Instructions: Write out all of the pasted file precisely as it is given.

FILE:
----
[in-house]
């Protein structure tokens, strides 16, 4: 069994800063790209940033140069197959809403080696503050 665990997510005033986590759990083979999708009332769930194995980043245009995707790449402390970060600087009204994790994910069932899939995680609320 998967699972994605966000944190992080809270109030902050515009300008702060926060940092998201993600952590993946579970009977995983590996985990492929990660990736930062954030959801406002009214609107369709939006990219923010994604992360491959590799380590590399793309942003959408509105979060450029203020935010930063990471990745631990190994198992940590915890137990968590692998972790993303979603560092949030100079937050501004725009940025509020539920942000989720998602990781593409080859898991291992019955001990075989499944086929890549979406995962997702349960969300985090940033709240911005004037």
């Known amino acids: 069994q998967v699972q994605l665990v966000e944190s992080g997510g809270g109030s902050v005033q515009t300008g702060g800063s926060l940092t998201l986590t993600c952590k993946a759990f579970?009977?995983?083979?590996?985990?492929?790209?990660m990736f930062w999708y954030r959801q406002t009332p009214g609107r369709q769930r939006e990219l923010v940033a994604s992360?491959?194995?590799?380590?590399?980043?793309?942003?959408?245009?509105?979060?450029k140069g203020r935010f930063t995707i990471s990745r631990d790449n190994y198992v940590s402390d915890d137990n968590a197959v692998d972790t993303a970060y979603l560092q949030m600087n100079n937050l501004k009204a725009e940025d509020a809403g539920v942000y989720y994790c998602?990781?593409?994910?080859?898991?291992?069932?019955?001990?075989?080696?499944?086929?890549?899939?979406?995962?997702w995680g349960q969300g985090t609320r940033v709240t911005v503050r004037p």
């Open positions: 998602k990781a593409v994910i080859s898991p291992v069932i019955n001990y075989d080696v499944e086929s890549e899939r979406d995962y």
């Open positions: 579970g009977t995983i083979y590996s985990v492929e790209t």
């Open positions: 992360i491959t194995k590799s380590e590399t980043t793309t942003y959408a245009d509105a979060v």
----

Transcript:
[in-house]
């Protein structure tokens, strides 16, 4: 069994800063790209940033140069197959809403080696503050 665990997510005033986590759990083979999708009332769930194995980043245009995707790449402390970060600087009204994790994910069932899939995680609320 998967699972994605966000944190992080809270109030902050515009300008702060926060940092998201993600952590993946579970009977995983590996985990492929990660990736930062954030959801406002009214609107369709939006990219923010994604992360491959590799380590590399793309942003959408509105979060450029203020935010930063990471990745631990190994198992940590915890137990968590692998972790993303979603560092949030100079937050501004725009940025509020539920942000989720998602990781593409080859898991291992019955001990075989499944086929890549979406995962997702349960969300985090940033709240911005004037």
């Known amino acids: 069994q998967v699972q994605l665990v966000e944190s992080g997510g809270g109030s902050v005033q515009t300008g702060g800063s926060l940092t998201l986590t993600c952590k993946a759990f579970?009977?995983?083979?590996?985990?492929?790209?990660m990736f930062w999708y954030r959801q406002t009332p009214g609107r369709q769930r939006e990219l923010v940033a994604s992360?491959?194995?590799?380590?590399?980043?793309?942003?959408?245009?509105?979060?450029k140069g203020r935010f930063t995707i990471s990745r631990d790449n190994y198992v940590s402390d915890d137990n968590a197959v692998d972790t993303a970060y979603l560092q949030m600087n100079n937050l501004k009204a725009e940025d509020a809403g539920v942000y989720y994790c998602?990781?593409?994910?080859?898991?291992?069932?019955?001990?075989?080696?499944?086929?890549?899939?979406?995962?997702w995680g349960q969300g985090t609320r940033v709240t911005v503050r004037p």
């Open positions: 998602k990781a593409v994910i080859s898991p291992v069932i019955n001990y075989d080696v499944e086929s890549e899939r979406d995962y």
């Open positions: 579970g009977t995983i083979y590996s985990v492929e790209t």
């Open positions: 992360i491959t194995k590799s380590e590399t980043t793309t942003y959408a245009d509105a979060v």